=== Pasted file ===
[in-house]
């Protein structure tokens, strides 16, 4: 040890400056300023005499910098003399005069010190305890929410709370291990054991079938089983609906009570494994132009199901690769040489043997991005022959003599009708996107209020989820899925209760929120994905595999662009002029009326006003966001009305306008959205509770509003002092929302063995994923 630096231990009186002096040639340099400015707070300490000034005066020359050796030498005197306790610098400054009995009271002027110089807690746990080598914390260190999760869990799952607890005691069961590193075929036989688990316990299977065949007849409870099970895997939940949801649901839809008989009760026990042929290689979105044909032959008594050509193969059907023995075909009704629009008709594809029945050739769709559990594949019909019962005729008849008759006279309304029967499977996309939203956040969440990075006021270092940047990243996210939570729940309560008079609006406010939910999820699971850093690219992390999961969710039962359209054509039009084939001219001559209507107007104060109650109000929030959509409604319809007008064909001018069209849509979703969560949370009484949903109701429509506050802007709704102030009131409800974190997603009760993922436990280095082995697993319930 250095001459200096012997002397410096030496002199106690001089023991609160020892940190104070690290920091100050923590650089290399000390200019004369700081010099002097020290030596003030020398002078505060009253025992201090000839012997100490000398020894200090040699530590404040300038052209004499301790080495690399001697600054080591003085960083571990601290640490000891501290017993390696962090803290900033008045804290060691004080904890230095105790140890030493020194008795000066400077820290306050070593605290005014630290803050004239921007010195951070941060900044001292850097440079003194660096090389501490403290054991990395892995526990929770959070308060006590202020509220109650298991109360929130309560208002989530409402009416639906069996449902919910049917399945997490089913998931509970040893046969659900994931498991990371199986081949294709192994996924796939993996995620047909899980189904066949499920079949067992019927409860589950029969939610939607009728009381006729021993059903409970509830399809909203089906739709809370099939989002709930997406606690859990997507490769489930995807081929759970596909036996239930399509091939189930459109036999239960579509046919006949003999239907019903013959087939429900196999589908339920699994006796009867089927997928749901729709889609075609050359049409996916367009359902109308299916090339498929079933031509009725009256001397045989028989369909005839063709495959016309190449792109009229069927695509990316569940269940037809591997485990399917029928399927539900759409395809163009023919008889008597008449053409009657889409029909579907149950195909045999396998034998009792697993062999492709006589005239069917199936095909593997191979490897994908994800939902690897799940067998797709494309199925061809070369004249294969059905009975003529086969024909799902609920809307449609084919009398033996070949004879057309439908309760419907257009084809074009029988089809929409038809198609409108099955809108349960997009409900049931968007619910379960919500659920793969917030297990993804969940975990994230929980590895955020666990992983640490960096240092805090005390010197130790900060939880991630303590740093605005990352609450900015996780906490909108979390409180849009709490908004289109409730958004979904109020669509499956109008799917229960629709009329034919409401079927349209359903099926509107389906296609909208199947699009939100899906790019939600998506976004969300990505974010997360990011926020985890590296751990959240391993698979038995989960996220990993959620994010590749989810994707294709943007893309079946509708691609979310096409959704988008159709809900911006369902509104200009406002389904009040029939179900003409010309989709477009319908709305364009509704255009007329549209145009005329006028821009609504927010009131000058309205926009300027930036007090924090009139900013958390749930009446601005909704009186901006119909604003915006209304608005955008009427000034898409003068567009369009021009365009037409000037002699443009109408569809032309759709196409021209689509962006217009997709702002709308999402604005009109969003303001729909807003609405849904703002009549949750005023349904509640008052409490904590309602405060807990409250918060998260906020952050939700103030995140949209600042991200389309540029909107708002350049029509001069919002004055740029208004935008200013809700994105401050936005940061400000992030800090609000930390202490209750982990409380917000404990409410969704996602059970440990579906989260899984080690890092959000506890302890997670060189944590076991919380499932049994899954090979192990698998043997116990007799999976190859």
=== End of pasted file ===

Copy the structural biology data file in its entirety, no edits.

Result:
[in-house]
């Protein structure tokens, strides 16, 4: 040890400056300023005499910098003399005069010190305890929410709370291990054991079938089983609906009570494994132009199901690769040489043997991005022959003599009708996107209020989820899925209760929120994905595999662009002029009326006003966001009305306008959205509770509003002092929302063995994923 630096231990009186002096040639340099400015707070300490000034005066020359050796030498005197306790610098400054009995009271002027110089807690746990080598914390260190999760869990799952607890005691069961590193075929036989688990316990299977065949007849409870099970895997939940949801649901839809008989009760026990042929290689979105044909032959008594050509193969059907023995075909009704629009008709594809029945050739769709559990594949019909019962005729008849008759006279309304029967499977996309939203956040969440990075006021270092940047990243996210939570729940309560008079609006406010939910999820699971850093690219992390999961969710039962359209054509039009084939001219001559209507107007104060109650109000929030959509409604319809007008064909001018069209849509979703969560949370009484949903109701429509506050802007709704102030009131409800974190997603009760993922436990280095082995697993319930 250095001459200096012997002397410096030496002199106690001089023991609160020892940190104070690290920091100050923590650089290399000390200019004369700081010099002097020290030596003030020398002078505060009253025992201090000839012997100490000398020894200090040699530590404040300038052209004499301790080495690399001697600054080591003085960083571990601290640490000891501290017993390696962090803290900033008045804290060691004080904890230095105790140890030493020194008795000066400077820290306050070593605290005014630290803050004239921007010195951070941060900044001292850097440079003194660096090389501490403290054991990395892995526990929770959070308060006590202020509220109650298991109360929130309560208002989530409402009416639906069996449902919910049917399945997490089913998931509970040893046969659900994931498991990371199986081949294709192994996924796939993996995620047909899980189904066949499920079949067992019927409860589950029969939610939607009728009381006729021993059903409970509830399809909203089906739709809370099939989002709930997406606690859990997507490769489930995807081929759970596909036996239930399509091939189930459109036999239960579509046919006949003999239907019903013959087939429900196999589908339920699994006796009867089927997928749901729709889609075609050359049409996916367009359902109308299916090339498929079933031509009725009256001397045989028989369909005839063709495959016309190449792109009229069927695509990316569940269940037809591997485990399917029928399927539900759409395809163009023919008889008597008449053409009657889409029909579907149950195909045999396998034998009792697993062999492709006589005239069917199936095909593997191979490897994908994800939902690897799940067998797709494309199925061809070369004249294969059905009975003529086969024909799902609920809307449609084919009398033996070949004879057309439908309760419907257009084809074009029988089809929409038809198609409108099955809108349960997009409900049931968007619910379960919500659920793969917030297990993804969940975990994230929980590895955020666990992983640490960096240092805090005390010197130790900060939880991630303590740093605005990352609450900015996780906490909108979390409180849009709490908004289109409730958004979904109020669509499956109008799917229960629709009329034919409401079927349209359903099926509107389906296609909208199947699009939100899906790019939600998506976004969300990505974010997360990011926020985890590296751990959240391993698979038995989960996220990993959620994010590749989810994707294709943007893309079946509708691609979310096409959704988008159709809900911006369902509104200009406002389904009040029939179900003409010309989709477009319908709305364009509704255009007329549209145009005329006028821009609504927010009131000058309205926009300027930036007090924090009139900013958390749930009446601005909704009186901006119909604003915006209304608005955008009427000034898409003068567009369009021009365009037409000037002699443009109408569809032309759709196409021209689509962006217009997709702002709308999402604005009109969003303001729909807003609405849904703002009549949750005023349904509640008052409490904590309602405060807990409250918060998260906020952050939700103030995140949209600042991200389309540029909107708002350049029509001069919002004055740029208004935008200013809700994105401050936005940061400000992030800090609000930390202490209750982990409380917000404990409410969704996602059970440990579906989260899984080690890092959000506890302890997670060189944590076991919380499932049994899954090979192990698998043997116990007799999976190859």